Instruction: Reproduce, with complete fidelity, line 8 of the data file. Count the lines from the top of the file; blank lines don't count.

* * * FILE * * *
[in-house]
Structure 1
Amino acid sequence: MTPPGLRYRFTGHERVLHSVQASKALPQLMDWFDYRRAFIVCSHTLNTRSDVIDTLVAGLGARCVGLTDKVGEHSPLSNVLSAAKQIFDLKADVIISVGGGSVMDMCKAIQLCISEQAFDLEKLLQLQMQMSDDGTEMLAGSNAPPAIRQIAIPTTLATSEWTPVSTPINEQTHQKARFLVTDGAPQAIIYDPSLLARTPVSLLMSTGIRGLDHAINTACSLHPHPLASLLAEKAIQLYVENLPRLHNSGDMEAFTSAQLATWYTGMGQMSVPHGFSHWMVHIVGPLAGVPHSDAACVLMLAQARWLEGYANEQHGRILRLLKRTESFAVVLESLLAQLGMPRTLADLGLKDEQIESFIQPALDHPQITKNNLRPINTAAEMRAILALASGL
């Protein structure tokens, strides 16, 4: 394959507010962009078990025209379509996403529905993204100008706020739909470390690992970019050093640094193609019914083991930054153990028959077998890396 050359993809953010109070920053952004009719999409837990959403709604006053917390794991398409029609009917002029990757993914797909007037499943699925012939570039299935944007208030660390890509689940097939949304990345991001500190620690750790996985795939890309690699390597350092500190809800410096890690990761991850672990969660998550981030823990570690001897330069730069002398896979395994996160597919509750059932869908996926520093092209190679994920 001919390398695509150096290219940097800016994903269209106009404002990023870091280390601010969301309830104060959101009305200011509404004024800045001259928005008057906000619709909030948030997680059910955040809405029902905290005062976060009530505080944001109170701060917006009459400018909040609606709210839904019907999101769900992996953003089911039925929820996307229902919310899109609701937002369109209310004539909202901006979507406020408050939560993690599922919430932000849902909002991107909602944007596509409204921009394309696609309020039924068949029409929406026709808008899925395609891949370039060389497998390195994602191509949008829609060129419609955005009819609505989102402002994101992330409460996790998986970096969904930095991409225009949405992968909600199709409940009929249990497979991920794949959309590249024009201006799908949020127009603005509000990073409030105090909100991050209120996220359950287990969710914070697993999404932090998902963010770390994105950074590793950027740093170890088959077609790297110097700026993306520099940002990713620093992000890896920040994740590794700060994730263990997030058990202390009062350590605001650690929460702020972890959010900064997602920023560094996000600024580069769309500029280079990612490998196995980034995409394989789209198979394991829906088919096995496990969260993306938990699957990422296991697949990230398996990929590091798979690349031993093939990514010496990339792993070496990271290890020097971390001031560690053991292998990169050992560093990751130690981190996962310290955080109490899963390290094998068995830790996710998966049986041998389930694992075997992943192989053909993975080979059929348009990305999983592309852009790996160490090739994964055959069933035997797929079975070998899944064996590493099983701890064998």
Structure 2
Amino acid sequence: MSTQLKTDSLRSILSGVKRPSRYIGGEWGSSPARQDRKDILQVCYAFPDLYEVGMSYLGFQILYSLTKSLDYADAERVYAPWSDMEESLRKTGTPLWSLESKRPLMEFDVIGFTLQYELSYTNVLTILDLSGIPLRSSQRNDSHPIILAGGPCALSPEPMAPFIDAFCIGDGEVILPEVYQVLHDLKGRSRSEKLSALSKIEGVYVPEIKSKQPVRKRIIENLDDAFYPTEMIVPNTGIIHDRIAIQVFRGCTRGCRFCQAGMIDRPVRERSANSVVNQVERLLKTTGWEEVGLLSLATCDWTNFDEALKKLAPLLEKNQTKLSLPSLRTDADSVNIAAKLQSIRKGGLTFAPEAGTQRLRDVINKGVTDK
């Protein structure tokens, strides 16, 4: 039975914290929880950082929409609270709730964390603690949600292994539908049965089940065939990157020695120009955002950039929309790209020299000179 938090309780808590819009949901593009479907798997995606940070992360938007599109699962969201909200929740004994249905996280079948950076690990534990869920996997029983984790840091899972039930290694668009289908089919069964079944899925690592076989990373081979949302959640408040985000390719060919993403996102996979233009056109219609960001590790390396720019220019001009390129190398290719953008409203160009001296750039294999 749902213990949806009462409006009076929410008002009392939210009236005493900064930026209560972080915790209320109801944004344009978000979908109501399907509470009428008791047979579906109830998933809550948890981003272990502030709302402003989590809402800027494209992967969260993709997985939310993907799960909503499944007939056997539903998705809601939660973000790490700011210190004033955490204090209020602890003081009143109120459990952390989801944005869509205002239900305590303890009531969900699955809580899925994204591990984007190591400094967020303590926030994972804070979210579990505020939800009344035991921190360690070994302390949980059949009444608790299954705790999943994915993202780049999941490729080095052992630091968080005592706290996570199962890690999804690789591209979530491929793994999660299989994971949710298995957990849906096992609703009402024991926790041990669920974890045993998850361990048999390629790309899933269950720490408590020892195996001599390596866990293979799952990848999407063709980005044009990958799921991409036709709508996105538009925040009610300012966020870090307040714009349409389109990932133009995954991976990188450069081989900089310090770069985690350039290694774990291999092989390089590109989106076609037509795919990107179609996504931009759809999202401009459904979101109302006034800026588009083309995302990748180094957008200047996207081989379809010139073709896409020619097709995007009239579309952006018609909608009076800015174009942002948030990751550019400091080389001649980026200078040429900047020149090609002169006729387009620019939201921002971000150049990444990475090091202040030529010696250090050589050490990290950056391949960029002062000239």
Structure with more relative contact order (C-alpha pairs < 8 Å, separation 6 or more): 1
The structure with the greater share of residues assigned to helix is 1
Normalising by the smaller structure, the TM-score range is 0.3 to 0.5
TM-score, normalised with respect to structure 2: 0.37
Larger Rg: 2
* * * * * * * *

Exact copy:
Structure with more relative contact order (C-alpha pairs < 8 Å, separation 6 or more): 1